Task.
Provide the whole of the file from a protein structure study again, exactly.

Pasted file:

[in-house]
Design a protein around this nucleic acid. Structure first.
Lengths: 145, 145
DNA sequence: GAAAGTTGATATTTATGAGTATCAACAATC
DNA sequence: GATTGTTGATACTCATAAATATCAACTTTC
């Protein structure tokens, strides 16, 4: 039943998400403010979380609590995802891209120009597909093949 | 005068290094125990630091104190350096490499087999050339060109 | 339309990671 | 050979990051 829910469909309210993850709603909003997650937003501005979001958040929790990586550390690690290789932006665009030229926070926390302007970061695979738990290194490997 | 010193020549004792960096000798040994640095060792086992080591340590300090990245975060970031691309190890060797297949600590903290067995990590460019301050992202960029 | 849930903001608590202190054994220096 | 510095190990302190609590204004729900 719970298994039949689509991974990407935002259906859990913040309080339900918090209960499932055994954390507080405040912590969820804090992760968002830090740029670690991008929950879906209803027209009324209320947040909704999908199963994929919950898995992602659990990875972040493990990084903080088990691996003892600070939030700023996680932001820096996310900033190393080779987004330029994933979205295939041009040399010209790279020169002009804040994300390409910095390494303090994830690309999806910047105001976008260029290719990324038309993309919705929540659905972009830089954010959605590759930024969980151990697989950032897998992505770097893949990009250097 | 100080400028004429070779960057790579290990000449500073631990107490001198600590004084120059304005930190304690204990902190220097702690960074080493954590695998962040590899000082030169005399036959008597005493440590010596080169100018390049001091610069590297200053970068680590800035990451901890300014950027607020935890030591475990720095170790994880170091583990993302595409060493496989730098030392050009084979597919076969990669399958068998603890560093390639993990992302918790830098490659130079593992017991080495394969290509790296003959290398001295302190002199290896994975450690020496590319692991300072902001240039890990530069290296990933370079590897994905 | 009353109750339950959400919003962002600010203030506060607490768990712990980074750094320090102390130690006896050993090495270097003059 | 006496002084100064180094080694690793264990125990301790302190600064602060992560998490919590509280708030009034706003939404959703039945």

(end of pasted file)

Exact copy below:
[in-house]
Design a protein around this nucleic acid. Structure first.
Lengths: 145, 145
DNA sequence: GAAAGTTGATATTTATGAGTATCAACAATC
DNA sequence: GATTGTTGATACTCATAAATATCAACTTTC
């Protein structure tokens, strides 16, 4: 039943998400403010979380609590995802891209120009597909093949 | 005068290094125990630091104190350096490499087999050339060109 | 339309990671 | 050979990051 829910469909309210993850709603909003997650937003501005979001958040929790990586550390690690290789932006665009030229926070926390302007970061695979738990290194490997 | 010193020549004792960096000798040994640095060792086992080591340590300090990245975060970031691309190890060797297949600590903290067995990590460019301050992202960029 | 849930903001608590202190054994220096 | 510095190990302190609590204004729900 719970298994039949689509991974990407935002259906859990913040309080339900918090209960499932055994954390507080405040912590969820804090992760968002830090740029670690991008929950879906209803027209009324209320947040909704999908199963994929919950898995992602659990990875972040493990990084903080088990691996003892600070939030700023996680932001820096996310900033190393080779987004330029994933979205295939041009040399010209790279020169002009804040994300390409910095390494303090994830690309999806910047105001976008260029290719990324038309993309919705929540659905972009830089954010959605590759930024969980151990697989950032897998992505770097893949990009250097 | 100080400028004429070779960057790579290990000449500073631990107490001198600590004084120059304005930190304690204990902190220097702690960074080493954590695998962040590899000082030169005399036959008597005493440590010596080169100018390049001091610069590297200053970068680590800035990451901890300014950027607020935890030591475990720095170790994880170091583990993302595409060493496989730098030392050009084979597919076969990669399958068998603890560093390639993990992302918790830098490659130079593992017991080495394969290509790296003959290398001295302190002199290896994975450690020496590319692991300072902001240039890990530069290296990933370079590897994905 | 009353109750339950959400919003962002600010203030506060607490768990712990980074750094320090102390130690006896050993090495270097003059 | 006496002084100064180094080694690793264990125990301790302190600064602060992560998490919590509280708030009034706003939404959703039945």